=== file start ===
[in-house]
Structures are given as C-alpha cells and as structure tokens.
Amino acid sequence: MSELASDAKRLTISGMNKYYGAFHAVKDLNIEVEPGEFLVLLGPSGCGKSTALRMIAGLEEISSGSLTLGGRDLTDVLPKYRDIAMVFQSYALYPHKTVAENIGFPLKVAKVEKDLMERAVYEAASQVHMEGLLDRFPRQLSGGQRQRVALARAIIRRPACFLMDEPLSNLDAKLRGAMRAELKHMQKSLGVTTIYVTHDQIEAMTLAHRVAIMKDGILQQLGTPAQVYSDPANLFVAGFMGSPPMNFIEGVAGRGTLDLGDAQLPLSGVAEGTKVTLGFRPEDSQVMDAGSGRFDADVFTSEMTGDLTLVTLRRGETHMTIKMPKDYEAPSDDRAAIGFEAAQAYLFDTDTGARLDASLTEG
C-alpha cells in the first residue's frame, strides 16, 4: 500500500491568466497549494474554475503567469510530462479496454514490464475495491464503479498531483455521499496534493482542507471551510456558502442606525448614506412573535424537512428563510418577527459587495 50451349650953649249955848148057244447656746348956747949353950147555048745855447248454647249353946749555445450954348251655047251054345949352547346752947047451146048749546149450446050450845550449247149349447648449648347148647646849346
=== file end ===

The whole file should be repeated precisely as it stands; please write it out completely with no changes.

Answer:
[in-house]
Structures are given as C-alpha cells and as structure tokens.
Amino acid sequence: MSELASDAKRLTISGMNKYYGAFHAVKDLNIEVEPGEFLVLLGPSGCGKSTALRMIAGLEEISSGSLTLGGRDLTDVLPKYRDIAMVFQSYALYPHKTVAENIGFPLKVAKVEKDLMERAVYEAASQVHMEGLLDRFPRQLSGGQRQRVALARAIIRRPACFLMDEPLSNLDAKLRGAMRAELKHMQKSLGVTTIYVTHDQIEAMTLAHRVAIMKDGILQQLGTPAQVYSDPANLFVAGFMGSPPMNFIEGVAGRGTLDLGDAQLPLSGVAEGTKVTLGFRPEDSQVMDAGSGRFDADVFTSEMTGDLTLVTLRRGETHMTIKMPKDYEAPSDDRAAIGFEAAQAYLFDTDTGARLDASLTEG
C-alpha cells in the first residue's frame, strides 16, 4: 500500500491568466497549494474554475503567469510530462479496454514490464475495491464503479498531483455521499496534493482542507471551510456558502442606525448614506412573535424537512428563510418577527459587495 50451349650953649249955848148057244447656746348956747949353950147555048745855447248454647249353946749555445450954348251655047251054345949352547346752947047451146048749546149450446050450845550449247149349447648449648347148647646849346